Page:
God made man and woman, male and female, not only to belong to Him, but also to one another. Woman, created as ‘female’, is neither inferior nor independent of the male. The female cannot have her fulfillment by herself in isolation, but through her relationships in the community she is placed in. Her identity is expressed and established, through relationships with others in her given contexts. No matter what her context is, she finds true freedom through Jesus’ promise, ‘If the Son shall set you free you shall be free indeed.’ ( John8:32). Thus she is strengthened to persevere to fulfil her responsibilities patiently, through the constraints laid on her. Applying the reality of solidarity, women too will work for the good of the whole of their given contexts, even though it may mean restraining themselves from doing selfishly what they like to do. Their leadership is one of service following the characteristics of Jesus’ selfless service and servant leadership. Their relationships with other men and women will free them to give space to empower them also
The best of women’s ministry, like the men’s, is informal, domestic, and non-institutional rather than official and role- regulated. A woman leader demonstrates the life of Jesus through her selfless services of love. Thus the ordinary women’s ministry is a far larger subject than women’s ordination to office, with only a few in it.
Our vision of our own nature and that of our community has an importance beyond our own identity. “Created in the image’ of three self-giving Persons of the Triune God, we are called to live in solidarity with others in the community, not for ourselves alone. So what we do governs everything about our relationship to the life in the world. If we truly believe that we are daughters and sons in the family of God, then we have a responsibility to nurture this sisterhood and brotherhood within this family. We are called and gifted by God to give space to one another, to help us grow and develop in unity, love by the giving away of ourselves for the good of others. We will gather to be fed, and scatter to be food for others, to be Jesus in our world.
Laity is mostly neglected in the Church. Women have regretfully testified that though their leadership qualities are sought after and used in the secular fields, ‘they shrink into insignificance, when they are in the Church’ commented a Indian woman leader sadly. In a world where women serve as prime ministers, ambassadors and business executives, as well as carry out their responsibilities in their home, some are rightly questioning the Church on the prescribed limits within which women must often serve.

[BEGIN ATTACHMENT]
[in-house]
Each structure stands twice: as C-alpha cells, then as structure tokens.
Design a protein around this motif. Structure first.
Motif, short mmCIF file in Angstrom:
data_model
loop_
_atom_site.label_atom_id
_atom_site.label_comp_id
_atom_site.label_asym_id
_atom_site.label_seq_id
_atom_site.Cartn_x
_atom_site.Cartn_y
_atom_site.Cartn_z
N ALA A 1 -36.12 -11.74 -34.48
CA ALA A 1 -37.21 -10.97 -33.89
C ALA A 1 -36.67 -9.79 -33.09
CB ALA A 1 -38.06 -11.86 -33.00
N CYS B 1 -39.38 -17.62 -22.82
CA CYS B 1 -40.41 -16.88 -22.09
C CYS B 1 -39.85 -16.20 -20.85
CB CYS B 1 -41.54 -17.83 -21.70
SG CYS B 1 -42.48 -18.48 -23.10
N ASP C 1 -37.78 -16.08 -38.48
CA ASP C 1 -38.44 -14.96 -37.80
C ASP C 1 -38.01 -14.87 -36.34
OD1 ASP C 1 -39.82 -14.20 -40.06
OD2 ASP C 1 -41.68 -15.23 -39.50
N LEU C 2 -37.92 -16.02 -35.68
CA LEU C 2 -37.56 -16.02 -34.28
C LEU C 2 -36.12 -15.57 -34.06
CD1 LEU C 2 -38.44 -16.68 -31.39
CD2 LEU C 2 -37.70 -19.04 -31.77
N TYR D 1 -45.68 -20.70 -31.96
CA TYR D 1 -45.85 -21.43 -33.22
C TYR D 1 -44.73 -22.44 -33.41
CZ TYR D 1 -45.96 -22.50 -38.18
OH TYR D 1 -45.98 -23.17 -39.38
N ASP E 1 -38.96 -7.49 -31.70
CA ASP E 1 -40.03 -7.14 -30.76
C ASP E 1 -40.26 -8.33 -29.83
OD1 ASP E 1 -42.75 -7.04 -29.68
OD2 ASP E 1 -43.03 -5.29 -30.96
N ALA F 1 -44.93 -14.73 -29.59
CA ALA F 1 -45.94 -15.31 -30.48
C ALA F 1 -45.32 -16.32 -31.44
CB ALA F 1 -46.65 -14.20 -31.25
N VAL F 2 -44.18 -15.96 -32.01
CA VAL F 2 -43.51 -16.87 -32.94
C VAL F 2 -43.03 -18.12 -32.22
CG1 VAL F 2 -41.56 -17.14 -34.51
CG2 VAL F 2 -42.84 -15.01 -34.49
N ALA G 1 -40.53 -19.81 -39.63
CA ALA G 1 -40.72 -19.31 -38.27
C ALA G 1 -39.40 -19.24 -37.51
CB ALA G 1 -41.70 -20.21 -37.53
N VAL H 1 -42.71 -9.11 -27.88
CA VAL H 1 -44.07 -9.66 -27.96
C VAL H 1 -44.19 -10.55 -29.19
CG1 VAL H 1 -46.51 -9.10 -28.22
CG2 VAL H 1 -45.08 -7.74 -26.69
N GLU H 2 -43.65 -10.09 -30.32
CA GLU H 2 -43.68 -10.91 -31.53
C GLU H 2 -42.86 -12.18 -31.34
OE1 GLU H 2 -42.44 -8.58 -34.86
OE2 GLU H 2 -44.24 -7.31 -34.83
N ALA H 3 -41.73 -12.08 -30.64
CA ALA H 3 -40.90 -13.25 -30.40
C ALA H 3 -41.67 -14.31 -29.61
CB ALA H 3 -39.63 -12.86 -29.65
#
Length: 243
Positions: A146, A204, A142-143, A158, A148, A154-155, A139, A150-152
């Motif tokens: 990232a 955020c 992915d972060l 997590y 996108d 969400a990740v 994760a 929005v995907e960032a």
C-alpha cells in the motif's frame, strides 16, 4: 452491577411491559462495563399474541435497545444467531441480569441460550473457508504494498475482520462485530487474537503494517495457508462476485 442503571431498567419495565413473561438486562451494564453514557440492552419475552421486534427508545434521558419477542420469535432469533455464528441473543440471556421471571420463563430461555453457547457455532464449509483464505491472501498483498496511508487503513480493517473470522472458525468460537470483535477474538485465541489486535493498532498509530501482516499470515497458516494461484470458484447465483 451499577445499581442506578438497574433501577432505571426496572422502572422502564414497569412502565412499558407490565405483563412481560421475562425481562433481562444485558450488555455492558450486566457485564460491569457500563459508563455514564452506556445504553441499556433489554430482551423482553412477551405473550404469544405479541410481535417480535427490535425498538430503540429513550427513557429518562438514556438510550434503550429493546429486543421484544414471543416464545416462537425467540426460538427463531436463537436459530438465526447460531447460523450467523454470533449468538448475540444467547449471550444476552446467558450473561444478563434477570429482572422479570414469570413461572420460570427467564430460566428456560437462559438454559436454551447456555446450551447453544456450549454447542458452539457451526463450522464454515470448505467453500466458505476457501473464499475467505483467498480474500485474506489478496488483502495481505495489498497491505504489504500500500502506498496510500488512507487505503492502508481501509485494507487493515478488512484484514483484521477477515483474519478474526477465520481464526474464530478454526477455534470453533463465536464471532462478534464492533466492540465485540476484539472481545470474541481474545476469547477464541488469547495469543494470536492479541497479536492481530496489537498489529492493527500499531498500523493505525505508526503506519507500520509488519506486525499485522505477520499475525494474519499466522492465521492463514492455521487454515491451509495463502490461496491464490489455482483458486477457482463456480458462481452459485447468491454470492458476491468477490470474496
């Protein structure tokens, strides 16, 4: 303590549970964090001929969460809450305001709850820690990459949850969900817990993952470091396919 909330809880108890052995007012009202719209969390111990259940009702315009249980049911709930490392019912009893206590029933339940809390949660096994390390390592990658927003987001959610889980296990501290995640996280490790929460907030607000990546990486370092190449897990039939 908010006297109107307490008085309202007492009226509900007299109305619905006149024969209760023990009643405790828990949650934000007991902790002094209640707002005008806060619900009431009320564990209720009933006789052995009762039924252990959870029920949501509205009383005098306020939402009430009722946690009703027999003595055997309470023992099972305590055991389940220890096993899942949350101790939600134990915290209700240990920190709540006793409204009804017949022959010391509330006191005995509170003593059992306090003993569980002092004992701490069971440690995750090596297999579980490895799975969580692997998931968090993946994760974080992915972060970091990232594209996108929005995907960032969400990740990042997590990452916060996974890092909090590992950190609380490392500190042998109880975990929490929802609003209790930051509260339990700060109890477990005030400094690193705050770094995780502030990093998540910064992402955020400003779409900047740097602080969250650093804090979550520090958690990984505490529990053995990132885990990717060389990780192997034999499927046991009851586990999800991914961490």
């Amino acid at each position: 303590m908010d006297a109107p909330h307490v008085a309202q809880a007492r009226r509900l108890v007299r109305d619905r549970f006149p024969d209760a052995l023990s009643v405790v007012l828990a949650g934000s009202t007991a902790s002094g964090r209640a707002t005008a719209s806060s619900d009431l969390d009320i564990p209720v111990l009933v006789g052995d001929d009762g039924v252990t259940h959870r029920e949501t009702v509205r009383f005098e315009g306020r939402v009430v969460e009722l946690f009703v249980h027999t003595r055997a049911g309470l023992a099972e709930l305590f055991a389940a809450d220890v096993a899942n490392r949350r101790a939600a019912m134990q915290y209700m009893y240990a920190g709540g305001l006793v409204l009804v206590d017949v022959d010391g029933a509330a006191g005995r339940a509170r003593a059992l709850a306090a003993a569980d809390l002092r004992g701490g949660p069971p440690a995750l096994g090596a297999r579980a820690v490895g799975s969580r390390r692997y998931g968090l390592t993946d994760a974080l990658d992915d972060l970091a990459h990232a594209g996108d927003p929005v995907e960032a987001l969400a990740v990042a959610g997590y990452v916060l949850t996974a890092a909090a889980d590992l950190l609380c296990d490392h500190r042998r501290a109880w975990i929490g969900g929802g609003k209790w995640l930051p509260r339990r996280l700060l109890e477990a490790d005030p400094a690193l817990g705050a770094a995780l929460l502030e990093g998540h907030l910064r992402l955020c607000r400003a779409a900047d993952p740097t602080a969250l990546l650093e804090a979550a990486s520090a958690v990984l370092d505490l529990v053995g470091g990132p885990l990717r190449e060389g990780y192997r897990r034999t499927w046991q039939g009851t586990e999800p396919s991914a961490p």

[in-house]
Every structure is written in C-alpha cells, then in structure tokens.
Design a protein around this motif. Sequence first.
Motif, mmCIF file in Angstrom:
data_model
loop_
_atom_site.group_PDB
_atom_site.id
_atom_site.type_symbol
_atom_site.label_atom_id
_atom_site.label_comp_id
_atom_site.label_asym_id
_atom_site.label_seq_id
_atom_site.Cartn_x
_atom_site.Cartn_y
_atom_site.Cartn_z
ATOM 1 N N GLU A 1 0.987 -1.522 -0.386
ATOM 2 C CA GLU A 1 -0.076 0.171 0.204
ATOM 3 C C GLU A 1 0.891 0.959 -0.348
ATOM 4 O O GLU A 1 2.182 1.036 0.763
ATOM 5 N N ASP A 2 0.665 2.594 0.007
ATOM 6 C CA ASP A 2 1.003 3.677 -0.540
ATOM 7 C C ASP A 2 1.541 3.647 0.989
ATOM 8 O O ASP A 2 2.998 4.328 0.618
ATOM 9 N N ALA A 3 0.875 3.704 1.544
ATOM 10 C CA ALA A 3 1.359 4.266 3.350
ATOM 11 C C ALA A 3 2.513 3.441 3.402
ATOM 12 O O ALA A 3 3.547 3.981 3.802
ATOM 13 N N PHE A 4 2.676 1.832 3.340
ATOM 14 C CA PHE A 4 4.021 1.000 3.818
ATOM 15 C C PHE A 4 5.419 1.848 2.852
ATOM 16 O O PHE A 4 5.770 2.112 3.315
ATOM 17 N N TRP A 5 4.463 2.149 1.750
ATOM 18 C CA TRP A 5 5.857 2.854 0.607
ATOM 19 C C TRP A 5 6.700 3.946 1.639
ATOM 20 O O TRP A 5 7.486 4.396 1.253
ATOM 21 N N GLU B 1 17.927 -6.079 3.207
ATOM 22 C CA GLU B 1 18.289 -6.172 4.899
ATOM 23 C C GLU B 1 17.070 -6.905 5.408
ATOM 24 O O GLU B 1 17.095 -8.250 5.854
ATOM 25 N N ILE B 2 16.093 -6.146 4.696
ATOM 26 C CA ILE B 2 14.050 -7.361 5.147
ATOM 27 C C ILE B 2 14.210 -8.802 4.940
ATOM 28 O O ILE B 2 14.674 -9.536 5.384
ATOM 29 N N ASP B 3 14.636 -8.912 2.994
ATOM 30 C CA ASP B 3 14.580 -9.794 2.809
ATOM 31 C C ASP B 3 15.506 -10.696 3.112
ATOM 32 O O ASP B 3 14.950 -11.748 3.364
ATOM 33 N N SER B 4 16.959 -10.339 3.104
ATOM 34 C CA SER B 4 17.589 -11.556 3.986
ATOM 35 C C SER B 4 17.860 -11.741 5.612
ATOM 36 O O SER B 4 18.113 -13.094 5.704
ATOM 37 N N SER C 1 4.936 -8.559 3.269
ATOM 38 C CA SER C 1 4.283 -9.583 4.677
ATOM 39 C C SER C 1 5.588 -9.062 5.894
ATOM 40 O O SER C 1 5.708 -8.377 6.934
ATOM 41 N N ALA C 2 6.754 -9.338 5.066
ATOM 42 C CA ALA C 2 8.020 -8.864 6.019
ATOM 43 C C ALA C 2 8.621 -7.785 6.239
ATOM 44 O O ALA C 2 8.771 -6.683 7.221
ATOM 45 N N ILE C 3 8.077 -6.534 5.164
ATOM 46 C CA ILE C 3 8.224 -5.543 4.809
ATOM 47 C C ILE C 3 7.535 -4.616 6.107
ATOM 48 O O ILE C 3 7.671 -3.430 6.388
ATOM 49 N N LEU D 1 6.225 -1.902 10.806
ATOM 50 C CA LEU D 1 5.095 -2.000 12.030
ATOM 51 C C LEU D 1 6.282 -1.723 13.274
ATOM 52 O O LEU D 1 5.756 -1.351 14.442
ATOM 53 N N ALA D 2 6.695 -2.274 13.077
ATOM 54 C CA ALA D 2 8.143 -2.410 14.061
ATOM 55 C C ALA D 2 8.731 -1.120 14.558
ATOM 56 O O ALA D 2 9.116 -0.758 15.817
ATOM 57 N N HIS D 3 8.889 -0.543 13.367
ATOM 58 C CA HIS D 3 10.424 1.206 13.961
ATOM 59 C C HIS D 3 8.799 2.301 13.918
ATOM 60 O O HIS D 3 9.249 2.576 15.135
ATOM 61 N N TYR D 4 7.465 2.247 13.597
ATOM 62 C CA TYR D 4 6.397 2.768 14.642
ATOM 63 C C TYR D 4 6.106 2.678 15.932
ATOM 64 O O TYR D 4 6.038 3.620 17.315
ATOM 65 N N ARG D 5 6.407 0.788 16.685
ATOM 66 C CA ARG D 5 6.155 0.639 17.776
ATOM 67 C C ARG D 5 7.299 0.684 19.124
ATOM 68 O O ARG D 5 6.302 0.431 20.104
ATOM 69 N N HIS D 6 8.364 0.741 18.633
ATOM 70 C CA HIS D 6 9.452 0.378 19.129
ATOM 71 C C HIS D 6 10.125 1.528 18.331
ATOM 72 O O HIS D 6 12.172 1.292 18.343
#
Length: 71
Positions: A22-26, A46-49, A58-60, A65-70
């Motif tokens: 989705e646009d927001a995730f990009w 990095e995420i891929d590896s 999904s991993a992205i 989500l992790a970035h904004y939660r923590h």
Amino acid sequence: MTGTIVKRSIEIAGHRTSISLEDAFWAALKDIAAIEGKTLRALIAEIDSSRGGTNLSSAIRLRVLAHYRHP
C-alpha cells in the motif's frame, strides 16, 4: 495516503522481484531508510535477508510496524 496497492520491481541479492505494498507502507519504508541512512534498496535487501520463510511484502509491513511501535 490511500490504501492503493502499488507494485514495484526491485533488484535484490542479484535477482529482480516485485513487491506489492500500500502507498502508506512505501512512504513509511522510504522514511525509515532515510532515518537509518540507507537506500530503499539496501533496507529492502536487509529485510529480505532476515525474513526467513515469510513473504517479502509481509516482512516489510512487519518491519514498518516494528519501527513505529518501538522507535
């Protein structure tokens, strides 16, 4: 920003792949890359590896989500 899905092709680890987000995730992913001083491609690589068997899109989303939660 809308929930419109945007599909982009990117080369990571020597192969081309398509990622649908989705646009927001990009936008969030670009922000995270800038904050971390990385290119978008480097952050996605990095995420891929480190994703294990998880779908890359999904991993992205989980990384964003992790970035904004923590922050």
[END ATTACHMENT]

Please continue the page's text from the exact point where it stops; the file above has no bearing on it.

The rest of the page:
How can the Church of Jesus Christ be a fully functioning, witnessing Church, when
more than half of the members are inactive, and fettered? If the Church continues to fail to develop and use the gifts of women, the Church will not only be deeply deprived of this vast untapped potential, but she may well lose them instead to the services in the world which are wide open for them. In this emergence of women’s leadership today, the Church which should have been ahead, is lagging far behind instead! Will the Church awaken to this gentle nudging of the Holy Spirit? May the Breath of the Holy Spirit breathe again, to restore them to life and active service! It is ‘not good’ for man to serve alone in isolation, without the fulfilling partnership of God’s ‘helper’ which alone can bring wholeness to His Body.
A cry of anguish and pain:
Today in our country, a cry is heard. It is a cry of anguish and pain. It is the cry of women in families, in Churches and communities, being treated unjustly, being abused and being killed. This cry is heard from the ‘womb to the tomb’! It is the cry that this new community which is Christ’s Body, called to show forth His glory, including justice and healing, is not doing that. The cry has not been coming forth only just now. Women have been crying out for years. Will the Church hear and respond?
Dr. Juliet Thomas, Editor, Vashti Magazine.